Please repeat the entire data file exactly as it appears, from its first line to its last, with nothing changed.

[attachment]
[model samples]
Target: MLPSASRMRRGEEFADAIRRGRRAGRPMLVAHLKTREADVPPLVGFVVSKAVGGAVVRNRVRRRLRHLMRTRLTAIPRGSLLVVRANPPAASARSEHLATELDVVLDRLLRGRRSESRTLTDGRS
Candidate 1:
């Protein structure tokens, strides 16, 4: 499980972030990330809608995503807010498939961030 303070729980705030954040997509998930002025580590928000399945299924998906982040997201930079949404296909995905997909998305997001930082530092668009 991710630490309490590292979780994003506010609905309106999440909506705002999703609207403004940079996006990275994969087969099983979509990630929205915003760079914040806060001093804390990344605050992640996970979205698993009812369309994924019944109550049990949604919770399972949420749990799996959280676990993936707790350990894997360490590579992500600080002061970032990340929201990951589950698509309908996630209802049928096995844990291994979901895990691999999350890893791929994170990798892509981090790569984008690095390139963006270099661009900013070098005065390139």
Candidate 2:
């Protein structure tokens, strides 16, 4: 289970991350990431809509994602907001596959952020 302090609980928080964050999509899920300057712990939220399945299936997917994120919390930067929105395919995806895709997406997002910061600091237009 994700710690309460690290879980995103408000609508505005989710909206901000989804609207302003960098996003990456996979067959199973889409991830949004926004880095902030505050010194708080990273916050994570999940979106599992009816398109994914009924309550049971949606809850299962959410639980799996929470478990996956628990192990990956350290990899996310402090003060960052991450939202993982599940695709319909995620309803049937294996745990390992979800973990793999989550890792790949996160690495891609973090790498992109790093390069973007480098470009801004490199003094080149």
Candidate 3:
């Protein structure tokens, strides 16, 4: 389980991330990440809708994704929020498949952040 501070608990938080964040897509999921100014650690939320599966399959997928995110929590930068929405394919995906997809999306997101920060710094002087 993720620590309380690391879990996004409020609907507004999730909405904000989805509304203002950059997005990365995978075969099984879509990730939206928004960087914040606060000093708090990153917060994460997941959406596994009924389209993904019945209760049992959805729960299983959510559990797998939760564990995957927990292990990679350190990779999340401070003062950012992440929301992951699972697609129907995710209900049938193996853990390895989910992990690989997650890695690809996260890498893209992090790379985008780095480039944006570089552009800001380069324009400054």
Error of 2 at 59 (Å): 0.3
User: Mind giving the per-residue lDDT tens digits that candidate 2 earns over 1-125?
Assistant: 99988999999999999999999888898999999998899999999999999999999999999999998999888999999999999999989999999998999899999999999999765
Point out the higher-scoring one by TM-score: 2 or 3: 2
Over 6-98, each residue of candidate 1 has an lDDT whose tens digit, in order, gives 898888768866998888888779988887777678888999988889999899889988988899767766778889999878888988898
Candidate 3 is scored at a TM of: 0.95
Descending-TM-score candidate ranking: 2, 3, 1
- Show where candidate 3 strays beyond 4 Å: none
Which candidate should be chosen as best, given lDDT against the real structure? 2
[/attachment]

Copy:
[model samples]
Target: MLPSASRMRRGEEFADAIRRGRRAGRPMLVAHLKTREADVPPLVGFVVSKAVGGAVVRNRVRRRLRHLMRTRLTAIPRGSLLVVRANPPAASARSEHLATELDVVLDRLLRGRRSESRTLTDGRS
Candidate 1:
């Protein structure tokens, strides 16, 4: 499980972030990330809608995503807010498939961030 303070729980705030954040997509998930002025580590928000399945299924998906982040997201930079949404296909995905997909998305997001930082530092668009 991710630490309490590292979780994003506010609905309106999440909506705002999703609207403004940079996006990275994969087969099983979509990630929205915003760079914040806060001093804390990344605050992640996970979205698993009812369309994924019944109550049990949604919770399972949420749990799996959280676990993936707790350990894997360490590579992500600080002061970032990340929201990951589950698509309908996630209802049928096995844990291994979901895990691999999350890893791929994170990798892509981090790569984008690095390139963006270099661009900013070098005065390139």
Candidate 2:
């Protein structure tokens, strides 16, 4: 289970991350990431809509994602907001596959952020 302090609980928080964050999509899920300057712990939220399945299936997917994120919390930067929105395919995806895709997406997002910061600091237009 994700710690309460690290879980995103408000609508505005989710909206901000989804609207302003960098996003990456996979067959199973889409991830949004926004880095902030505050010194708080990273916050994570999940979106599992009816398109994914009924309550049971949606809850299962959410639980799996929470478990996956628990192990990956350290990899996310402090003060960052991450939202993982599940695709319909995620309803049937294996745990390992979800973990793999989550890792790949996160690495891609973090790498992109790093390069973007480098470009801004490199003094080149």
Candidate 3:
């Protein structure tokens, strides 16, 4: 389980991330990440809708994704929020498949952040 501070608990938080964040897509999921100014650690939320599966399959997928995110929590930068929405394919995906997809999306997101920060710094002087 993720620590309380690391879990996004409020609907507004999730909405904000989805509304203002950059997005990365995978075969099984879509990730939206928004960087914040606060000093708090990153917060994460997941959406596994009924389209993904019945209760049992959805729960299983959510559990797998939760564990995957927990292990990679350190990779999340401070003062950012992440929301992951699972697609129907995710209900049938193996853990390895989910992990690989997650890695690809996260890498893209992090790379985008780095480039944006570089552009800001380069324009400054």
Error of 2 at 59 (Å): 0.3
User: Mind giving the per-residue lDDT tens digits that candidate 2 earns over 1-125?
Assistant: 99988999999999999999999888898999999998899999999999999999999999999999998999888999999999999999989999999998999899999999999999765
Point out the higher-scoring one by TM-score: 2 or 3: 2
Over 6-98, each residue of candidate 1 has an lDDT whose tens digit, in order, gives 898888768866998888888779988887777678888999988889999899889988988899767766778889999878888988898
Candidate 3 is scored at a TM of: 0.95
Descending-TM-score candidate ranking: 2, 3, 1
- Show where candidate 3 strays beyond 4 Å: none
Which candidate should be chosen as best, given lDDT against the real structure? 2